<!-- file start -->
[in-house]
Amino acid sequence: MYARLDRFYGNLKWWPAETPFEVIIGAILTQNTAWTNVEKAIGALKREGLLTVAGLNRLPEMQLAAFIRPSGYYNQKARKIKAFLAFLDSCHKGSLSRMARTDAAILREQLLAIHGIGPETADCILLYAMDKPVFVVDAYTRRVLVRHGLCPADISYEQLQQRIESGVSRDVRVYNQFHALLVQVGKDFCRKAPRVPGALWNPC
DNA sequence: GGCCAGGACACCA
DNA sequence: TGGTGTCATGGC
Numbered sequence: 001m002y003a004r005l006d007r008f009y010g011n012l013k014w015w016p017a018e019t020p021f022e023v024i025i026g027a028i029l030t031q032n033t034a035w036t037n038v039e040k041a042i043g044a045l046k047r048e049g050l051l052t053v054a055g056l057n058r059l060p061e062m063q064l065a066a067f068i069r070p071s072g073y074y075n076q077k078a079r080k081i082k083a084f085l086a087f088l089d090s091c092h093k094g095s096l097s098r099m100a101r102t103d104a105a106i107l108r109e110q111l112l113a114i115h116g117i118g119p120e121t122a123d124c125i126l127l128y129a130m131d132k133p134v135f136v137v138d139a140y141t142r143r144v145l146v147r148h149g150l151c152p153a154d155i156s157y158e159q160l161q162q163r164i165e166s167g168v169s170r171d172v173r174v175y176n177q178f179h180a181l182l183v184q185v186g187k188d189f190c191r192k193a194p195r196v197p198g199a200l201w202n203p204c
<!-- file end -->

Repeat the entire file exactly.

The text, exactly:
[in-house]
Amino acid sequence: MYARLDRFYGNLKWWPAETPFEVIIGAILTQNTAWTNVEKAIGALKREGLLTVAGLNRLPEMQLAAFIRPSGYYNQKARKIKAFLAFLDSCHKGSLSRMARTDAAILREQLLAIHGIGPETADCILLYAMDKPVFVVDAYTRRVLVRHGLCPADISYEQLQQRIESGVSRDVRVYNQFHALLVQVGKDFCRKAPRVPGALWNPC
DNA sequence: GGCCAGGACACCA
DNA sequence: TGGTGTCATGGC
Numbered sequence: 001m002y003a004r005l006d007r008f009y010g011n012l013k014w015w016p017a018e019t020p021f022e023v024i025i026g027a028i029l030t031q032n033t034a035w036t037n038v039e040k041a042i043g044a045l046k047r048e049g050l051l052t053v054a055g056l057n058r059l060p061e062m063q064l065a066a067f068i069r070p071s072g073y074y075n076q077k078a079r080k081i082k083a084f085l086a087f088l089d090s091c092h093k094g095s096l097s098r099m100a101r102t103d104a105a106i107l108r109e110q111l112l113a114i115h116g117i118g119p120e121t122a123d124c125i126l127l128y129a130m131d132k133p134v135f136v137v138d139a140y141t142r143r144v145l146v147r148h149g150l151c152p153a154d155i156s157y158e159q160l161q162q163r164i165e166s167g168v169s170r171d172v173r174v175y176n177q178f179h180a181l182l183v184q185v186g187k188d189f190c191r192k193a194p195r196v197p198g199a200l201w202n203p204c